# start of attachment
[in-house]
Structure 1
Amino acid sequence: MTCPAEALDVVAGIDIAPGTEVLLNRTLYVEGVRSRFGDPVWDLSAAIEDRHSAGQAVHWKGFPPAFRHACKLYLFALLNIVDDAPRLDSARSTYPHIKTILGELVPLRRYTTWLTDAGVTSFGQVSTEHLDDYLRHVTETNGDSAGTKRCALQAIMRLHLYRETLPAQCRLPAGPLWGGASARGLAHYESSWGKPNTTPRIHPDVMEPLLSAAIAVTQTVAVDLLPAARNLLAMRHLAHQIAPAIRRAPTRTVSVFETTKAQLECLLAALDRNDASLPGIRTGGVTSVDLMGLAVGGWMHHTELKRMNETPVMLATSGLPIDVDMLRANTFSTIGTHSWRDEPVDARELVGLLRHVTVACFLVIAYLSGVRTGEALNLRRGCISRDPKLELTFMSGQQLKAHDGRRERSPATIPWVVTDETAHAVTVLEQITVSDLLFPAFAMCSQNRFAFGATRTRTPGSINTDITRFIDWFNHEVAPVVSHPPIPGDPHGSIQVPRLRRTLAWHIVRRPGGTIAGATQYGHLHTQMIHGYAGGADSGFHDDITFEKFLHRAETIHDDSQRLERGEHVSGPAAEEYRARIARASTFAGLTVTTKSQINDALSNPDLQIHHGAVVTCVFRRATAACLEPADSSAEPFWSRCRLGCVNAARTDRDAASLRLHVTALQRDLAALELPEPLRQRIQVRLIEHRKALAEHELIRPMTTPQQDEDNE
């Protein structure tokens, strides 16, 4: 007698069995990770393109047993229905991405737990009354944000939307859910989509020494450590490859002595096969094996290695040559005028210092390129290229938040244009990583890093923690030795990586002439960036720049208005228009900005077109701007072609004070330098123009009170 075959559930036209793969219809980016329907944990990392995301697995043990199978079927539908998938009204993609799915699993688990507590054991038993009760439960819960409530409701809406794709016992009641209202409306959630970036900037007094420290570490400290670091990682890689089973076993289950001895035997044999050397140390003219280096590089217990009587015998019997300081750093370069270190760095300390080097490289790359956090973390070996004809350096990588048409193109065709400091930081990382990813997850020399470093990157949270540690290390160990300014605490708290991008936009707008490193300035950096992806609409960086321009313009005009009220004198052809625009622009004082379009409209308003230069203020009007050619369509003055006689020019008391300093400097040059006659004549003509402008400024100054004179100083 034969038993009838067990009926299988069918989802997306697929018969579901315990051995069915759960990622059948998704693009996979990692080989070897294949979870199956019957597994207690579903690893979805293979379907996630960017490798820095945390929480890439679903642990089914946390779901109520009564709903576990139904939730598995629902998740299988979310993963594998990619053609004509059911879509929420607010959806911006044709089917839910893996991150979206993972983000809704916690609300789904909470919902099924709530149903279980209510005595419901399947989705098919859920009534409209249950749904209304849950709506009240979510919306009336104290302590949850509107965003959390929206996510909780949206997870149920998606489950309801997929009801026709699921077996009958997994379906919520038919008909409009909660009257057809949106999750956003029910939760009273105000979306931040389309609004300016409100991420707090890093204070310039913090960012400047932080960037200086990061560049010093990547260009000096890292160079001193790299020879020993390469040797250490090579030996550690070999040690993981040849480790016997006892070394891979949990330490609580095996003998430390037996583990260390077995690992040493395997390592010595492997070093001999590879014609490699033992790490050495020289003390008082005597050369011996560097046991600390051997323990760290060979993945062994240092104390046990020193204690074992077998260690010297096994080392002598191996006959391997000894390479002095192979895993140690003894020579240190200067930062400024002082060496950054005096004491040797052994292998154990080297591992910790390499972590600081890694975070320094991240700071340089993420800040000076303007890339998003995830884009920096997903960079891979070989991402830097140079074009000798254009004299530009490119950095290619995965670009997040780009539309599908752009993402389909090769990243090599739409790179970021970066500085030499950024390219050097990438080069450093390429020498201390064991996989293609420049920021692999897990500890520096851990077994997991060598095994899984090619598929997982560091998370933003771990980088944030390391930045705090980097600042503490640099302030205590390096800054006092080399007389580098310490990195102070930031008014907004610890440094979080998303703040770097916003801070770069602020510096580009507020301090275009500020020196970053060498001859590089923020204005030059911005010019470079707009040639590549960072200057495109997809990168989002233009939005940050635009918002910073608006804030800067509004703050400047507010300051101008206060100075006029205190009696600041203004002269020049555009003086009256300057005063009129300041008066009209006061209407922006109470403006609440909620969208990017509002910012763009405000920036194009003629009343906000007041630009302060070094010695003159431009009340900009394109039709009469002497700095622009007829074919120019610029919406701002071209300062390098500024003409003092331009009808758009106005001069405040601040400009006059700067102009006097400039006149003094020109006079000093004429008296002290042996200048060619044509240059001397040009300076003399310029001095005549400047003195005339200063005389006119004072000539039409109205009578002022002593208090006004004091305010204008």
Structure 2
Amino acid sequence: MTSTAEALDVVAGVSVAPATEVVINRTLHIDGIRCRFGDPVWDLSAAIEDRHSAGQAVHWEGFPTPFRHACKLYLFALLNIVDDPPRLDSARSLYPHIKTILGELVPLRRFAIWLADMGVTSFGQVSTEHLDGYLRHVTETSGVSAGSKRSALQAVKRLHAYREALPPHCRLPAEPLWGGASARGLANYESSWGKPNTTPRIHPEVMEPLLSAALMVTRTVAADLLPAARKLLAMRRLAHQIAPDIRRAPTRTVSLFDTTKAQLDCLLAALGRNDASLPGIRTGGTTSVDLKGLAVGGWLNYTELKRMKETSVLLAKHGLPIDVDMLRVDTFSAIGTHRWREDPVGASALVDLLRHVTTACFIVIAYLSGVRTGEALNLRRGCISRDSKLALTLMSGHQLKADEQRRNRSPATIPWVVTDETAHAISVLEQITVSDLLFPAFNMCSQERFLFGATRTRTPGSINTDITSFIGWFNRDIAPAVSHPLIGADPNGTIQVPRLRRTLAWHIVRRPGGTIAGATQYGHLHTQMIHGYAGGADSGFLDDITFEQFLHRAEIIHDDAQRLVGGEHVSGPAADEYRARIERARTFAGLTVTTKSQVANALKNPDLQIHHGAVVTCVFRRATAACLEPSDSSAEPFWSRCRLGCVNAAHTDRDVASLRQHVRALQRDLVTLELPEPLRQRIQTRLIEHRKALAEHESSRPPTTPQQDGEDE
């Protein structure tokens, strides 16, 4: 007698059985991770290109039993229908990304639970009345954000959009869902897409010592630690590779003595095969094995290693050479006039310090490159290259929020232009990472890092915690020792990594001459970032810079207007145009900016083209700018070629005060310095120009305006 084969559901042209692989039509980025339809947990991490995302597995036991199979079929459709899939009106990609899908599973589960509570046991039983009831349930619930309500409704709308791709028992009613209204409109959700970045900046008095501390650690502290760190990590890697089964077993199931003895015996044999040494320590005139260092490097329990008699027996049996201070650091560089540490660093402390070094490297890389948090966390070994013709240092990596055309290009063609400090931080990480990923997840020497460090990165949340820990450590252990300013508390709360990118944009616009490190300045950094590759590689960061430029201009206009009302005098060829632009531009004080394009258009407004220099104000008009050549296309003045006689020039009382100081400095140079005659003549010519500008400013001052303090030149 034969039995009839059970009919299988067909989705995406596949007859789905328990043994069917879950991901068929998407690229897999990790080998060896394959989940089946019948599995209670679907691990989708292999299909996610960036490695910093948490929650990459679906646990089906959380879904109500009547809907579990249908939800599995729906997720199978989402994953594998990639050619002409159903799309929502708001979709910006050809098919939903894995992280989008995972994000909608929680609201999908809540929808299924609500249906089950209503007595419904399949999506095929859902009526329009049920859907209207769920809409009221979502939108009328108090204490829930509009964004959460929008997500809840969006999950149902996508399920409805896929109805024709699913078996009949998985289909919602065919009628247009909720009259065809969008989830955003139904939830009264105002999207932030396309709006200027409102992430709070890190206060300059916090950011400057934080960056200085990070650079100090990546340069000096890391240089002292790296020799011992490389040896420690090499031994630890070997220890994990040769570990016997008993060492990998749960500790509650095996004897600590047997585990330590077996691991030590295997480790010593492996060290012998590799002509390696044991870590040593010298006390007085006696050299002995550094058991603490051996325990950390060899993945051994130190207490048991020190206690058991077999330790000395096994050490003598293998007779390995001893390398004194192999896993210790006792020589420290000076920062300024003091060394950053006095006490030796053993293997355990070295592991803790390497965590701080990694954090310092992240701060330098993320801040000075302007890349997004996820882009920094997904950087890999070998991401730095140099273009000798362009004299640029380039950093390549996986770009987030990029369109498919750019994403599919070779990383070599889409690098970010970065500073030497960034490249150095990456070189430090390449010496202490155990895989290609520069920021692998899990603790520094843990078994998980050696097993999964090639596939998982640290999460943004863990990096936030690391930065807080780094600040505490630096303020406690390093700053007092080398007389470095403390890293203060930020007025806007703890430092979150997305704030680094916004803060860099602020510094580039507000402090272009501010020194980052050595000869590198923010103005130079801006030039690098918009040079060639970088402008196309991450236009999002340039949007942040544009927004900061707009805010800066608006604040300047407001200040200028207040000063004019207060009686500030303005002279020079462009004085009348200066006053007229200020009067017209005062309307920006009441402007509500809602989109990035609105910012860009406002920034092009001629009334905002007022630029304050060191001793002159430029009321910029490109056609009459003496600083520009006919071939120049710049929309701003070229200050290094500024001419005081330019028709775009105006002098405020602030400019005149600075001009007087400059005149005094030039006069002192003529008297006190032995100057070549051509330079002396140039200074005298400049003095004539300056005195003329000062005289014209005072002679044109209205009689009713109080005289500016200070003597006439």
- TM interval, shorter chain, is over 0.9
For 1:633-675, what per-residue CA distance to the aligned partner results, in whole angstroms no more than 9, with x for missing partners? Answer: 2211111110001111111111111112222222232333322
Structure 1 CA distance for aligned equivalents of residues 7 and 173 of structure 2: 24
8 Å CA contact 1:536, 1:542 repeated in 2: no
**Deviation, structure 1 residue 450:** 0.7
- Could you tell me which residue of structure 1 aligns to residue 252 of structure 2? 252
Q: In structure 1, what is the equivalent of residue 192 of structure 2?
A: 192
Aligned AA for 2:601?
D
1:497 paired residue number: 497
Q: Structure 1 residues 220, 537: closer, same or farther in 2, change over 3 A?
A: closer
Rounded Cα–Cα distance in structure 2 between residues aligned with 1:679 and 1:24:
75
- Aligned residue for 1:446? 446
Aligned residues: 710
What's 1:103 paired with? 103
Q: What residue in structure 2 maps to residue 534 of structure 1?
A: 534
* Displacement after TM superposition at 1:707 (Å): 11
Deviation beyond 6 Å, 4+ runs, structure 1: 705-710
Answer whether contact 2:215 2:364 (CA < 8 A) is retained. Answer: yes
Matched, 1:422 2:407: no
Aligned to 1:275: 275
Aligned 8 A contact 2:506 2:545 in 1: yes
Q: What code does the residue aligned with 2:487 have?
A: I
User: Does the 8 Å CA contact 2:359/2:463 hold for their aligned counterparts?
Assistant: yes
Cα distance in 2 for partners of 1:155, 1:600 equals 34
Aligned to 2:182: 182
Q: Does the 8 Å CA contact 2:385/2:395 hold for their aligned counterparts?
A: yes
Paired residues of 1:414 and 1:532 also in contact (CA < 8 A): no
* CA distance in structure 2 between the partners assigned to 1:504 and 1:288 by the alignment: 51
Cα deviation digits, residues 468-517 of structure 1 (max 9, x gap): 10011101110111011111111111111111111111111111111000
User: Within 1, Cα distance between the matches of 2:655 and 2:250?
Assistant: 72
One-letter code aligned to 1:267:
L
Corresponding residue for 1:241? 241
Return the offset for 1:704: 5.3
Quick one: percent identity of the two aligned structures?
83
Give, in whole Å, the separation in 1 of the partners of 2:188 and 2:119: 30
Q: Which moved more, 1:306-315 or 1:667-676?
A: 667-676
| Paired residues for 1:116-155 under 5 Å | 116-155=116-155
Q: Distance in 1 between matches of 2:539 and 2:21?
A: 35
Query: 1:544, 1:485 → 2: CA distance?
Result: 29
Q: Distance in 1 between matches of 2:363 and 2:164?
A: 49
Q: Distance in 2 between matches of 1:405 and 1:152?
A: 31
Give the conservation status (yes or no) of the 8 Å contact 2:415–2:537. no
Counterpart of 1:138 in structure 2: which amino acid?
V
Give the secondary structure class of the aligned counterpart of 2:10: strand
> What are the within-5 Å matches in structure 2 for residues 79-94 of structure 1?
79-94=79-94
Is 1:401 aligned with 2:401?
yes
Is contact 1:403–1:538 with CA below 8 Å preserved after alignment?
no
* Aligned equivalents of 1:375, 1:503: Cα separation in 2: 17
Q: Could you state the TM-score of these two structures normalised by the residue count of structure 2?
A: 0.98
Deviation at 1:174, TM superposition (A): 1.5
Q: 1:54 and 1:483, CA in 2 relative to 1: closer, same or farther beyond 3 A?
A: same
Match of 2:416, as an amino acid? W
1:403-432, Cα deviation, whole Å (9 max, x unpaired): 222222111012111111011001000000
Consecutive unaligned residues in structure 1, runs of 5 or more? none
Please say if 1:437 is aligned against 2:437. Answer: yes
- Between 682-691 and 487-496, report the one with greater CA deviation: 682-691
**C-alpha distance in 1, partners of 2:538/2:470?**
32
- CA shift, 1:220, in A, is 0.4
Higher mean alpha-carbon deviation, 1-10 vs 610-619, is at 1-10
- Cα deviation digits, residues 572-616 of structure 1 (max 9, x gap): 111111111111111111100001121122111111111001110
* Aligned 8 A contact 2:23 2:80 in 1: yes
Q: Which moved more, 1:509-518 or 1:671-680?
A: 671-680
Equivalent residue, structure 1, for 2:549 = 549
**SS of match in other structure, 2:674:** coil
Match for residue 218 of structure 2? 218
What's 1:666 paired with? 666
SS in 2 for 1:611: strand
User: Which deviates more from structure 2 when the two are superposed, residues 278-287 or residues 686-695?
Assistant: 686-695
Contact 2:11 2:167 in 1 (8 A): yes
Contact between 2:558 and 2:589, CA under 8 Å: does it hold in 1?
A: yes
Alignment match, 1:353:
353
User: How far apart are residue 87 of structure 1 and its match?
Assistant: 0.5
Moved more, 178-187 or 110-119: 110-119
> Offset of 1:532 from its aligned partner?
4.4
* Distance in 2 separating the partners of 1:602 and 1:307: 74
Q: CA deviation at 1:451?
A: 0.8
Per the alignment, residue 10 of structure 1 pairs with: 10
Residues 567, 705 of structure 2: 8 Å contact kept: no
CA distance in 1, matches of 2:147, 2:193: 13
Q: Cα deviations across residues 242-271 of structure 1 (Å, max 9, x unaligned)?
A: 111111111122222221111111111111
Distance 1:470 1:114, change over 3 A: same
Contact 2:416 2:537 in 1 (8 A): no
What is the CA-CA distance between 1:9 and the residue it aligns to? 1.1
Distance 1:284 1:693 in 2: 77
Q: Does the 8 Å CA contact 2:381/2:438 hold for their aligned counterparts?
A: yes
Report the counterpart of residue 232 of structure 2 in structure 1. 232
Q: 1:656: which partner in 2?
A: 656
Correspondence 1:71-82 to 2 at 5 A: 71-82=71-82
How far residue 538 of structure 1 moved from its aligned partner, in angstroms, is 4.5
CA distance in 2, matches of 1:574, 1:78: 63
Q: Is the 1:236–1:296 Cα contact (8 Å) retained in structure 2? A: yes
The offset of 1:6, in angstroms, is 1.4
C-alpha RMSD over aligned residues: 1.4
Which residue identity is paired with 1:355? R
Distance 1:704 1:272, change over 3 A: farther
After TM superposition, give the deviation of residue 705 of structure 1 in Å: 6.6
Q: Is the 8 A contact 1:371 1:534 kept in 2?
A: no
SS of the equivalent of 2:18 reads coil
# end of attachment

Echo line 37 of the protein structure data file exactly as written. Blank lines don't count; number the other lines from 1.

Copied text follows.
Assistant: yes